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"What's going on in Pittsburgh is a crisis in confidence," said Councilman Rev. Ricky Burgess during acting Public Safety Director Stephen Bucar's confirmation hearing this week.

"I absolutely agree with you that there's a confidence problem in some parts of the city," responded Bucar. "In attending these police chief meetings, I can see some of the anger and frustration in some areas of the city."

Bucar acknowledged low morale at the police bureau, but he was quick to mention that the department is a “very professional organization.”

Bucar should be applauded for acknowledging the problem, but the mere fact that he brought it up points to the work needed to rectify the problem. President Dwight D. Eisenhower, when he was General Eisenhower was constantly concerned with troop morale. He once said, "The best morale exists when you never hear the word mentioned. When you hear a lot of talk about it, it's usually lousy."

What Eisenhower meant was you cannot just talk about improving morale you’ve got to do something about it.

Bucar went on to say, the department has a “small number of bad seeds” and they get all the publicity. “It taints and paints with a broad brush,” he said, adding that public perception of officers affects their work.

Although research on police morale has evolved significantly over the years, almost all of the early research in this field focused on operational stress that officers face. The source of low morale was based on the premise that law enforcement professionals are placed in continuously difficult situations and are required to deal with these situations in the course of their duties.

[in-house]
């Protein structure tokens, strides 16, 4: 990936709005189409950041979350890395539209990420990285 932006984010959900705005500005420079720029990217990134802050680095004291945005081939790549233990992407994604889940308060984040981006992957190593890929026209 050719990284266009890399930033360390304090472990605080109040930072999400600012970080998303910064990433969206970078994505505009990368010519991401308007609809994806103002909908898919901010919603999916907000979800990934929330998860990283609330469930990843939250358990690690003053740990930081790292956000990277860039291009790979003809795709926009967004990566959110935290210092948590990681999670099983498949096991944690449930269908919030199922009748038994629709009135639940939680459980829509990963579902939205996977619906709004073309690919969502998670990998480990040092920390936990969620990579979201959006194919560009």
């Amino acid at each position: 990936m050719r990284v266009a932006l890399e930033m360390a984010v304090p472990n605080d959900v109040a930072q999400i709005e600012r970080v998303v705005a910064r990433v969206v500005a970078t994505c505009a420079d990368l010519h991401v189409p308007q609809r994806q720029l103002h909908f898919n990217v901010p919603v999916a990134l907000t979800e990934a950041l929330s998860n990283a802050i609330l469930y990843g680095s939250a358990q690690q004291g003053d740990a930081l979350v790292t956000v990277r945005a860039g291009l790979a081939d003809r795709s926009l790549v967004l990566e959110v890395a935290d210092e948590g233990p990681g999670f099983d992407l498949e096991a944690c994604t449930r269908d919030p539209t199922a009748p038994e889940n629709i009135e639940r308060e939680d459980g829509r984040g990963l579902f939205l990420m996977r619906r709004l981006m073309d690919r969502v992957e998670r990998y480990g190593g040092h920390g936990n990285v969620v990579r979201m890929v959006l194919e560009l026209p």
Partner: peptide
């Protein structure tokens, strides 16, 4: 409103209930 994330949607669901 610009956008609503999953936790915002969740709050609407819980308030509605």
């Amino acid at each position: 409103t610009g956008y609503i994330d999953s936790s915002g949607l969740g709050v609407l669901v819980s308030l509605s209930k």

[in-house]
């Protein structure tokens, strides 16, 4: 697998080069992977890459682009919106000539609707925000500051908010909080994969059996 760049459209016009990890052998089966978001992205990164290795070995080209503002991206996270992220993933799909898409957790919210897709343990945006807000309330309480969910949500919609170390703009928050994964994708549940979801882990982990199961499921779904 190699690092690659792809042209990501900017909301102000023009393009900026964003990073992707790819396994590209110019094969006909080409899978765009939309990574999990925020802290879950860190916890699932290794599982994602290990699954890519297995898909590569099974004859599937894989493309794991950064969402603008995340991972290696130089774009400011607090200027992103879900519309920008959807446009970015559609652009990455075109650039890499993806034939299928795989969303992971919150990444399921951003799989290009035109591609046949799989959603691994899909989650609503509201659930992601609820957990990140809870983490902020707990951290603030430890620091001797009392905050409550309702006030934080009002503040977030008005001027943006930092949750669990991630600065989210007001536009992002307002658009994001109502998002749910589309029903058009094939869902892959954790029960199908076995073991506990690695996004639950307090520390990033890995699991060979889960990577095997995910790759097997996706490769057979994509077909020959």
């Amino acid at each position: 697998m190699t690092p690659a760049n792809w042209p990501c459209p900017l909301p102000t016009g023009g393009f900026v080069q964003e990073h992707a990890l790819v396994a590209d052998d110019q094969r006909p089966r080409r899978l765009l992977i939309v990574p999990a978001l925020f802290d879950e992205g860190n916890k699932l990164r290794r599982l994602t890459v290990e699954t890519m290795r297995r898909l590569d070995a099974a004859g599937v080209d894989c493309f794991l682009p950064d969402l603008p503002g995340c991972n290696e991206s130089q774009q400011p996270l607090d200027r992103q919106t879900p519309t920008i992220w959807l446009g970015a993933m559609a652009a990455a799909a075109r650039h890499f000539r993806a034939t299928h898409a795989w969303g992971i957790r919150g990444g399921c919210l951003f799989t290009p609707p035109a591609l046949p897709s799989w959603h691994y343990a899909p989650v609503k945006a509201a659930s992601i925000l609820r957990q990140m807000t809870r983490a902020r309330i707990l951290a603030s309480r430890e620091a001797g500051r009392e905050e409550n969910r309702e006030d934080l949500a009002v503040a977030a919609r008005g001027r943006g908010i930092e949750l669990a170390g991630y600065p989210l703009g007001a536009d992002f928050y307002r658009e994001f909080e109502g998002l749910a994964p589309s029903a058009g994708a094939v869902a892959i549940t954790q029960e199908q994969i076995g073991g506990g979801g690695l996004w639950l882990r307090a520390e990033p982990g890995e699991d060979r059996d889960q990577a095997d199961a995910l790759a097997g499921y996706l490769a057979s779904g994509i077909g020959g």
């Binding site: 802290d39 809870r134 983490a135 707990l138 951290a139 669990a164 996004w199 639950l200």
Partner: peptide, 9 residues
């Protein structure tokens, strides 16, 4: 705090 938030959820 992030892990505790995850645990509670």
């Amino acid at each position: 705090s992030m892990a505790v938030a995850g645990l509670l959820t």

What has evolved recently is the theory of organizational stress. A study of more than 2,500 officers indicated that “the findings reveal the majority of the 10 greatest sources of anger and frustration among officers have a crucial common denominator, their administrators.”

Low morale, whether operation or organizational, has consequences. A morale problem can increase turnover, absenteeism and low productivity — all of which make neighborhoods more vulnerable. Low morale can also spur civil liability which depletes resources and drives up taxpayer costs. Finally, and most tragic, low morale drives up officer suicide.

Bucar says the way forward is to build leadership that instills respect in the rank and file, and hire a new chief who not only can inspire officers but successfully reach out to communities that have seen a deteriorating relationship with the department.

“It can’t be somebody who hasn’t earned that respect by being in law enforcement for a number of years,” he said. “I have to build that trust and I have to be confident that my police chief shares that interest in drilling down in those communities that don’t trust the police.”

(Image: Stephen A. Bucar, the city of Pittsburgh's new acting public safety director, at a news briefing with Mayor Bill Peduto. Larry Roberts/Post-Gazette)


Matthew T. Mangino is of counsel with Luxenberg, Garbett, Kelly & George, P.C. He is the former district attorney of Lawrence County and just completed a six year term on the Pennsylvania Board of Probation and Parole. His weekly column on crime and punishment is syndicated by GateHouse New Service. You can read his musings on the criminal justice system at www.mattmangino.com and follow Matt on Twitter @MatthewTMangino. His new book The Executioner’s Toll, 2010: The Crimes, Arrests, Trials, Appeals, Last Meals, Final Words and Executions of 46 Persons in the United States is now available from McFarland & Company publishers.